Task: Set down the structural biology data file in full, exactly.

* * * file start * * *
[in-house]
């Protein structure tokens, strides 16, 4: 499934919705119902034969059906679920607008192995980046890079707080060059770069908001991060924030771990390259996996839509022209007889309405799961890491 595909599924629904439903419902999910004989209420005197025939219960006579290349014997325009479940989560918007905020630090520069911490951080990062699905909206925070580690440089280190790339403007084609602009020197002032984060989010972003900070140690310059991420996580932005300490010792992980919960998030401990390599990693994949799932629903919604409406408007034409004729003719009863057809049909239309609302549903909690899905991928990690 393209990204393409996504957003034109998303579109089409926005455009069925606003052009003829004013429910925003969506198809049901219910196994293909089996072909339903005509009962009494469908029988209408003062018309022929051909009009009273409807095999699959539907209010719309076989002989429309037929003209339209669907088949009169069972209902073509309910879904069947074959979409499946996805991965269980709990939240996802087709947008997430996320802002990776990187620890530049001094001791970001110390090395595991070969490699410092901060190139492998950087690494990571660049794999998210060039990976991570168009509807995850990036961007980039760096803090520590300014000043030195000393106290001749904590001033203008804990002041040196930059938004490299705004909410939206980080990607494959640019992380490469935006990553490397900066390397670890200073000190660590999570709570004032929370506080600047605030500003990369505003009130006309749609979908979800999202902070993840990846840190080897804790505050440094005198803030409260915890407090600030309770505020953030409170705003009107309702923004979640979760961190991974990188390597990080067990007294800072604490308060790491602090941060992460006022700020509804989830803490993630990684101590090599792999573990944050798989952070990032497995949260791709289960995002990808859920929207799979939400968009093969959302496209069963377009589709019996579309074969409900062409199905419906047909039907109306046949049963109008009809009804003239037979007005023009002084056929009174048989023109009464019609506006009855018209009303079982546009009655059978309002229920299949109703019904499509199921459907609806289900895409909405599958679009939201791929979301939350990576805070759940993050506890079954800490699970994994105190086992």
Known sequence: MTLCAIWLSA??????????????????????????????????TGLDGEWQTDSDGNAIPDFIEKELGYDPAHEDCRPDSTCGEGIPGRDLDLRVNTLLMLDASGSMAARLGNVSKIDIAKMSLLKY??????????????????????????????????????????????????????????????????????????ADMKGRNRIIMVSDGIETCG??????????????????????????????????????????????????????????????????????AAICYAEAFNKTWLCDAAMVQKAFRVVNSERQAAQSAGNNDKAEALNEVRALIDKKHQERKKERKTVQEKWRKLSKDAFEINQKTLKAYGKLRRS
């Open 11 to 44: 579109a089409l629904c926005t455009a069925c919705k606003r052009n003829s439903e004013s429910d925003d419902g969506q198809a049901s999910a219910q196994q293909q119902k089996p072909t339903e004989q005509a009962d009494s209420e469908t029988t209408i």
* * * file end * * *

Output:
[in-house]
């Protein structure tokens, strides 16, 4: 499934919705119902034969059906679920607008192995980046890079707080060059770069908001991060924030771990390259996996839509022209007889309405799961890491 595909599924629904439903419902999910004989209420005197025939219960006579290349014997325009479940989560918007905020630090520069911490951080990062699905909206925070580690440089280190790339403007084609602009020197002032984060989010972003900070140690310059991420996580932005300490010792992980919960998030401990390599990693994949799932629903919604409406408007034409004729003719009863057809049909239309609302549903909690899905991928990690 393209990204393409996504957003034109998303579109089409926005455009069925606003052009003829004013429910925003969506198809049901219910196994293909089996072909339903005509009962009494469908029988209408003062018309022929051909009009009273409807095999699959539907209010719309076989002989429309037929003209339209669907088949009169069972209902073509309910879904069947074959979409499946996805991965269980709990939240996802087709947008997430996320802002990776990187620890530049001094001791970001110390090395595991070969490699410092901060190139492998950087690494990571660049794999998210060039990976991570168009509807995850990036961007980039760096803090520590300014000043030195000393106290001749904590001033203008804990002041040196930059938004490299705004909410939206980080990607494959640019992380490469935006990553490397900066390397670890200073000190660590999570709570004032929370506080600047605030500003990369505003009130006309749609979908979800999202902070993840990846840190080897804790505050440094005198803030409260915890407090600030309770505020953030409170705003009107309702923004979640979760961190991974990188390597990080067990007294800072604490308060790491602090941060992460006022700020509804989830803490993630990684101590090599792999573990944050798989952070990032497995949260791709289960995002990808859920929207799979939400968009093969959302496209069963377009589709019996579309074969409900062409199905419906047909039907109306046949049963109008009809009804003239037979007005023009002084056929009174048989023109009464019609506006009855018209009303079982546009009655059978309002229920299949109703019904499509199921459907609806289900895409909405599958679009939201791929979301939350990576805070759940993050506890079954800490699970994994105190086992």
Known sequence: MTLCAIWLSA??????????????????????????????????TGLDGEWQTDSDGNAIPDFIEKELGYDPAHEDCRPDSTCGEGIPGRDLDLRVNTLLMLDASGSMAARLGNVSKIDIAKMSLLKY??????????????????????????????????????????????????????????????????????????ADMKGRNRIIMVSDGIETCG??????????????????????????????????????????????????????????????????????AAICYAEAFNKTWLCDAAMVQKAFRVVNSERQAAQSAGNNDKAEALNEVRALIDKKHQERKKERKTVQEKWRKLSKDAFEINQKTLKAYGKLRRS
């Open 11 to 44: 579109a089409l629904c926005t455009a069925c919705k606003r052009n003829s439903e004013s429910d925003d419902g969506q198809a049901s999910a219910q196994q293909q119902k089996p072909t339903e004989q005509a009962d009494s209420e469908t029988t209408i």